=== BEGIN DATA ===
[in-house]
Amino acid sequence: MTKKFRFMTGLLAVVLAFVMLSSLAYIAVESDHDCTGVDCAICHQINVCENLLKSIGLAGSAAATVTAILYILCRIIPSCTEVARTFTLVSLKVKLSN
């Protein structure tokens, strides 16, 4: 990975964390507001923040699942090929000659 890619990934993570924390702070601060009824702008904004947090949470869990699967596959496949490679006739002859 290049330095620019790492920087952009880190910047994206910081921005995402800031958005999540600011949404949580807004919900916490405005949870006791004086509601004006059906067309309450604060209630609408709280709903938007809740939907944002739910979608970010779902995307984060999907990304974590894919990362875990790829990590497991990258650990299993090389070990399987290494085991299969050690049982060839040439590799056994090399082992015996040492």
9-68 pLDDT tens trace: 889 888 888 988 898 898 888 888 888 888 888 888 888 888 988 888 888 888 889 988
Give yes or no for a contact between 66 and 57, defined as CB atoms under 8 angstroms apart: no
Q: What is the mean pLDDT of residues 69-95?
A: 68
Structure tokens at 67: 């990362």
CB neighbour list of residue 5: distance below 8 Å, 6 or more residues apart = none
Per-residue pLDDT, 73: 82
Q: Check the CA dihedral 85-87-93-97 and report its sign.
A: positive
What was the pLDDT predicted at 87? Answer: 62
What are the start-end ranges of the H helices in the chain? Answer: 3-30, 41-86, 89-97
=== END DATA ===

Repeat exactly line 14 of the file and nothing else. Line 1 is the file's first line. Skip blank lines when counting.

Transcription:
What are the start-end ranges of the H helices in the chain? Answer: 3-30, 41-86, 89-97